A 21-state CAP is targeting breeding for the sustainable agricultural production of wheat and barley at the national level. Led by the University of California-Davis, the project's 200 scientists, technical staff, and students have generated an integrated network of public wheat and barley breeding programs to increase yields, end-use quality, and adaptation to climate change; to improve varieties; and to better disease and insect resistance. Through investigative research, U.S. wheat and barley breeders have released 14 new varieties, 12 new improved germplasm, and 2 mapping populations and characterized tens of thousands of breeding lines by using molecular markers suited to changing conditions.

Organic growers receive contracting help

Until now, organic farmers had little independent, reliable legal information to help them with contracts for their organic farm products. The Minnesota-based Farmers' Legal Action Group addressed this problem by releasing a comprehensive publication, the Farmers' Guide to Organic Contracts. This farmer-friendly legal guide—the direct result of a NIFA Organic Agriculture Research and Extension Initiative grant—will help the nation's nearly 30,000 certified organic farmers as they evaluate, negotiate, and manage contract agreements with buyers of organic farm products.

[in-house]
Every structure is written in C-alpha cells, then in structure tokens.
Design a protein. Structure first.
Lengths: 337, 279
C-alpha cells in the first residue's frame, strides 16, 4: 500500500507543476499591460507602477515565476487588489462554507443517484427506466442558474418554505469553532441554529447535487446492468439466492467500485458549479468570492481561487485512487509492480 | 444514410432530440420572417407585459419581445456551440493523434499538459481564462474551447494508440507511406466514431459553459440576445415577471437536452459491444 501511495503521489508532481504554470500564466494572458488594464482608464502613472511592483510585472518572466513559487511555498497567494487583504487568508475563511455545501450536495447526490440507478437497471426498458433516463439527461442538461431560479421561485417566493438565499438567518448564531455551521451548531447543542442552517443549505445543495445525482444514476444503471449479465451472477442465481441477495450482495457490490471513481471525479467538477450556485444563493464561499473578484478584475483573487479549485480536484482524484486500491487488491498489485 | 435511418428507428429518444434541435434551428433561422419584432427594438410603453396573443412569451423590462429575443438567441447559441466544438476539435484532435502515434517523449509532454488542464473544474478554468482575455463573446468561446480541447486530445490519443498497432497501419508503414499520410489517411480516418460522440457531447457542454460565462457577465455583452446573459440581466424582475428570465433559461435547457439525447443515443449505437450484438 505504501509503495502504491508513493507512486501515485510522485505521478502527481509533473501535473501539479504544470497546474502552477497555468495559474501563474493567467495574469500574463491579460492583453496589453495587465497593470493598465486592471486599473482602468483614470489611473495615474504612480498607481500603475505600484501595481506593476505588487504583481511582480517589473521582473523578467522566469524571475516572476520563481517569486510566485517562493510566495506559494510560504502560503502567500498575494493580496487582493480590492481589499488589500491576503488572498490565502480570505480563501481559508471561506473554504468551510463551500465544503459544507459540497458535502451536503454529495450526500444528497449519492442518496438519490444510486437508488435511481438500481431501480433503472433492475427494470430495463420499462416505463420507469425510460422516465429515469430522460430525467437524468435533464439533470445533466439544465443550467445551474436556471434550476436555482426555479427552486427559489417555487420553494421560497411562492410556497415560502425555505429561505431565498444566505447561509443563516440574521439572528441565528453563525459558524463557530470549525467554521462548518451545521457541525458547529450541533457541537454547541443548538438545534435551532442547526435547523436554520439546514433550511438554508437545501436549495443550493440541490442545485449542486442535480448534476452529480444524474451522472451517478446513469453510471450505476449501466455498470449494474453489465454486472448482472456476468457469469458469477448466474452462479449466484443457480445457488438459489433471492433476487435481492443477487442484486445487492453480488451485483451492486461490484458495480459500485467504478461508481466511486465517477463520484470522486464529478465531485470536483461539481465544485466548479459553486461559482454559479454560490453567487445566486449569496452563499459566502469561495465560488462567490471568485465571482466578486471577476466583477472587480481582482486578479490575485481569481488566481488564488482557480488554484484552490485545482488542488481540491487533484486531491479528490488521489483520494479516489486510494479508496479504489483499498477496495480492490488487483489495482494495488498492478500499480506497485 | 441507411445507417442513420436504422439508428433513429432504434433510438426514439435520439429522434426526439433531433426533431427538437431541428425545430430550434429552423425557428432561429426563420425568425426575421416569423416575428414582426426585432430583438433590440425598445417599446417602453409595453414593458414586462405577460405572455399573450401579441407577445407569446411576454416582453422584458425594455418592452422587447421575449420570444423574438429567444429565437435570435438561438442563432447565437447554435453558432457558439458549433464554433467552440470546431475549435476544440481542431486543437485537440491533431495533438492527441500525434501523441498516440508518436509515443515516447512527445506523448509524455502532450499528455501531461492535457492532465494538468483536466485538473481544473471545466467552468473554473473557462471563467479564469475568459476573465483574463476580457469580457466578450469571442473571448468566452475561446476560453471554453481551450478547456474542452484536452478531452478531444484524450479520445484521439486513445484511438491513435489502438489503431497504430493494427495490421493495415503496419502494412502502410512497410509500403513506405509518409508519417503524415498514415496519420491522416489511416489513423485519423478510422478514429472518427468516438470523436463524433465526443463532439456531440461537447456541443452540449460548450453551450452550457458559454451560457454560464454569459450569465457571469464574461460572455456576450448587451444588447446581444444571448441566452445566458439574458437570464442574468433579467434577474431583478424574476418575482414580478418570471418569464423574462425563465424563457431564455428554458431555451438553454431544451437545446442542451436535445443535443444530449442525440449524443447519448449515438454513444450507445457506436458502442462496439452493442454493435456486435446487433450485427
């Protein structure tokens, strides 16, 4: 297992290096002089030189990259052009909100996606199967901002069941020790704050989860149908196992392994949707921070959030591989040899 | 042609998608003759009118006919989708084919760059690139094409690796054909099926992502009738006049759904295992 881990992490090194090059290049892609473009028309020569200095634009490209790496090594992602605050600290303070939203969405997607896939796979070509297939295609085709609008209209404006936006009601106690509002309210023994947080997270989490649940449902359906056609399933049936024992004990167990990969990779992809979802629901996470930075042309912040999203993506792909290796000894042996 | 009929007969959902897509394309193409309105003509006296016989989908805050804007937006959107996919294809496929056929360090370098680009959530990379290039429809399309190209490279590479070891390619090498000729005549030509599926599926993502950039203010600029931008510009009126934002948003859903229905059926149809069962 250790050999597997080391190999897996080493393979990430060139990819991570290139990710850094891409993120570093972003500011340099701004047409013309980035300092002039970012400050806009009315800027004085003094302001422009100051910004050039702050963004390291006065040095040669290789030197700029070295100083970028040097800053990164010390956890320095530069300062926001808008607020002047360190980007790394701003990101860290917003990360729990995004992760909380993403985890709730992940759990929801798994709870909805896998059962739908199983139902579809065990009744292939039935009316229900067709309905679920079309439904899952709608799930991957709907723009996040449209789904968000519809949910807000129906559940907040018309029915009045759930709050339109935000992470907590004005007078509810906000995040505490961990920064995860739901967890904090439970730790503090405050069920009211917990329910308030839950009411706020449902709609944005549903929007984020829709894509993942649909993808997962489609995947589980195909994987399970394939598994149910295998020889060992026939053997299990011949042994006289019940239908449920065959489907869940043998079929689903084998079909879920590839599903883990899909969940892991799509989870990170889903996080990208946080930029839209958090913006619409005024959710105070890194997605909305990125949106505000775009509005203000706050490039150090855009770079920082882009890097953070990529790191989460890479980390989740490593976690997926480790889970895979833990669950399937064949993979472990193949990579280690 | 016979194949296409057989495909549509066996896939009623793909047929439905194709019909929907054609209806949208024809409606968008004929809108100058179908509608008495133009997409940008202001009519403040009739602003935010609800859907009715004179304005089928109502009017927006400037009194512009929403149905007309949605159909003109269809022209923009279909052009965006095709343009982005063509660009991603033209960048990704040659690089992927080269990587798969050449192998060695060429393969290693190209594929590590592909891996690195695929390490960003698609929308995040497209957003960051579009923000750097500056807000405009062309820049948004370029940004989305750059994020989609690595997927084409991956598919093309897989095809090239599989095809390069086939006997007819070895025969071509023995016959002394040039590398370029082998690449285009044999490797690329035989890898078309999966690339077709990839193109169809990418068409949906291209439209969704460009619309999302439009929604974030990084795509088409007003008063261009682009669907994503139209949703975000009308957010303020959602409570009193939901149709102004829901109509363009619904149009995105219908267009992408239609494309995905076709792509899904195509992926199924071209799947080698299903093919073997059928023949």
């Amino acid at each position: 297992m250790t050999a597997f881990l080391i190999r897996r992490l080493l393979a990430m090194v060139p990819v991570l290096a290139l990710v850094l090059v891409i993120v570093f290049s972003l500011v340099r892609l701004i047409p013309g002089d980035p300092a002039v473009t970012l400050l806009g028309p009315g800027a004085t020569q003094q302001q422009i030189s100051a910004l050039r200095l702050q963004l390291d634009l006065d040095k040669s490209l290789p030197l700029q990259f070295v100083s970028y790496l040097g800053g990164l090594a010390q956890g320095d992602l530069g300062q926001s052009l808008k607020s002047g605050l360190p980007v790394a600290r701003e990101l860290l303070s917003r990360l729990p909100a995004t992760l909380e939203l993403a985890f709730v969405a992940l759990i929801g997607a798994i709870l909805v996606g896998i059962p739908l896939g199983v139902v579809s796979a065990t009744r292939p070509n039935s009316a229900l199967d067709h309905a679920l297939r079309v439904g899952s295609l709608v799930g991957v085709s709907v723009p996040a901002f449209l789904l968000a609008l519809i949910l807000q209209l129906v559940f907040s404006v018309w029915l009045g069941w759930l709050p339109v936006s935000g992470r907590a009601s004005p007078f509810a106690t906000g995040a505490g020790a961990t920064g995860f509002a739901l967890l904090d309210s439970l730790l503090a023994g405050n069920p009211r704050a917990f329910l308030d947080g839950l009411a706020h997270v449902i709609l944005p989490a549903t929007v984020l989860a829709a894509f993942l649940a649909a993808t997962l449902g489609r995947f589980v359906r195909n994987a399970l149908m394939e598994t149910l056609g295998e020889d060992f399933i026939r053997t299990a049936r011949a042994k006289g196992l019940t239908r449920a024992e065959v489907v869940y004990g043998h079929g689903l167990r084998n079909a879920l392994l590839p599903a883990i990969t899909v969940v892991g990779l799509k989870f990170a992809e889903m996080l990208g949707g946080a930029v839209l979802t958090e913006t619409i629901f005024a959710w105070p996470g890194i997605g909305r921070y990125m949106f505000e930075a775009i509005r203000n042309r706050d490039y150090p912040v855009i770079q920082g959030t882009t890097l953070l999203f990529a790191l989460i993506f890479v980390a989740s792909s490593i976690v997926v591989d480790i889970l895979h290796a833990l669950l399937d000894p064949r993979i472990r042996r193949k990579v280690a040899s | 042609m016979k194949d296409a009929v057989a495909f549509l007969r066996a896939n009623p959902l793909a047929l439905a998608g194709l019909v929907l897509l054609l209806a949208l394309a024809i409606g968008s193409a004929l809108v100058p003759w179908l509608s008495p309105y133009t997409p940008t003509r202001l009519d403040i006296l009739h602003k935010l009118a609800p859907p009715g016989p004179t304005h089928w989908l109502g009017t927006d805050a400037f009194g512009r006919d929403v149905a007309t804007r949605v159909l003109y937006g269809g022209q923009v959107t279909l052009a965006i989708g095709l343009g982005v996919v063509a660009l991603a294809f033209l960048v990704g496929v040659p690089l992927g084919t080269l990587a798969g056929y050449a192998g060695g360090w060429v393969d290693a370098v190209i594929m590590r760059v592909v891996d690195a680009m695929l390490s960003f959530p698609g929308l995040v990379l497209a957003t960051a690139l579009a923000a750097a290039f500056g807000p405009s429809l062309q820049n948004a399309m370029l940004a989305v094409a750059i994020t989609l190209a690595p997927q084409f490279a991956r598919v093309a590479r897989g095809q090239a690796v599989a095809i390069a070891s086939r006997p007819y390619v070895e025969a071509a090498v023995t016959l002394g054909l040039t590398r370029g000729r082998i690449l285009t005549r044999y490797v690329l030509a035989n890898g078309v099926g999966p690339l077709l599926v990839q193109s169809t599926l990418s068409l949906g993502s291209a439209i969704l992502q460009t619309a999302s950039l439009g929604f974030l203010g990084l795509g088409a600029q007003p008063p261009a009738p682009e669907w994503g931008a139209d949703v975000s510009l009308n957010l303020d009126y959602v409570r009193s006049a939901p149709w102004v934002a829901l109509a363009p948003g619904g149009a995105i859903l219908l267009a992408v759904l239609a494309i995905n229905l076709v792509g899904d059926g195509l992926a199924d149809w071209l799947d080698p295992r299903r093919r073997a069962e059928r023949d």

Iowa State University scientists close in on plant disease predictability

Iowa State University scientists are working to improve our ability to predict, and even prevent, disease outbreaks by better understanding the behavior of pathogens in and on plants. Until recently, scientists did not know much about the lives of bacteria on the surface or inside of leaves. In this study, researchers learned that bacteria on leaf surfaces degrade an amino acid that is necessary for plants to defend themselves against invading pathogens. Results of this project will support the development of recommended management and treatment practices for plant disease control.